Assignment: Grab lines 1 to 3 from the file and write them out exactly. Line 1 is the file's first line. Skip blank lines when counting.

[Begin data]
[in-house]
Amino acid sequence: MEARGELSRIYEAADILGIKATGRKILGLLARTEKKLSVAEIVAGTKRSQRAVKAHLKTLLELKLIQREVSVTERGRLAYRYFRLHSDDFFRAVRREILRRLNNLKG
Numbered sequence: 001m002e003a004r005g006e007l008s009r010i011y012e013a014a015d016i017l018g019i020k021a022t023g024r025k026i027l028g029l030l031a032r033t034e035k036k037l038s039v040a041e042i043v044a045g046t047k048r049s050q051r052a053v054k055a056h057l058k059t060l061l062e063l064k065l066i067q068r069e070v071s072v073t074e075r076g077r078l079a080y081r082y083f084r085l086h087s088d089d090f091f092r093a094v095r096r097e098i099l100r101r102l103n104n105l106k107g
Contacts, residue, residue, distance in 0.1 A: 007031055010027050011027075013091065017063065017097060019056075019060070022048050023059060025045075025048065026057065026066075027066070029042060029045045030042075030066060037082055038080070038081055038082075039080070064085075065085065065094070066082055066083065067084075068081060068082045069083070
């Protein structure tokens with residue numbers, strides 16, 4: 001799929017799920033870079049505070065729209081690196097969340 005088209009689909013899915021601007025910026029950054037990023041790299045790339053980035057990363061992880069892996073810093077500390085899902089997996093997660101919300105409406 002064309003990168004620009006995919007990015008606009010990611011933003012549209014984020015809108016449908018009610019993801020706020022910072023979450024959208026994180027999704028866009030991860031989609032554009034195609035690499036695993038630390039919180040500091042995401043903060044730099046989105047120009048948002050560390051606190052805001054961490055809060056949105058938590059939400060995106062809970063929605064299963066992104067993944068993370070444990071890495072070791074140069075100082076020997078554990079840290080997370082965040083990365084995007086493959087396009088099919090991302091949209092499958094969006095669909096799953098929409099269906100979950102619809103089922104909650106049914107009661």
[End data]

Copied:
[in-house]
Amino acid sequence: MEARGELSRIYEAADILGIKATGRKILGLLARTEKKLSVAEIVAGTKRSQRAVKAHLKTLLELKLIQREVSVTERGRLAYRYFRLHSDDFFRAVRREILRRLNNLKG
Numbered sequence: 001m002e003a004r005g006e007l008s009r010i011y012e013a014a015d016i017l018g019i020k021a022t023g024r025k026i027l028g029l030l031a032r033t034e035k036k037l038s039v040a041e042i043v044a045g046t047k048r049s050q051r052a053v054k055a056h057l058k059t060l061l062e063l064k065l066i067q068r069e070v071s072v073t074e075r076g077r078l079a080y081r082y083f084r085l086h087s088d089d090f091f092r093a094v095r096r097e098i099l100r101r102l103n104n105l106k107g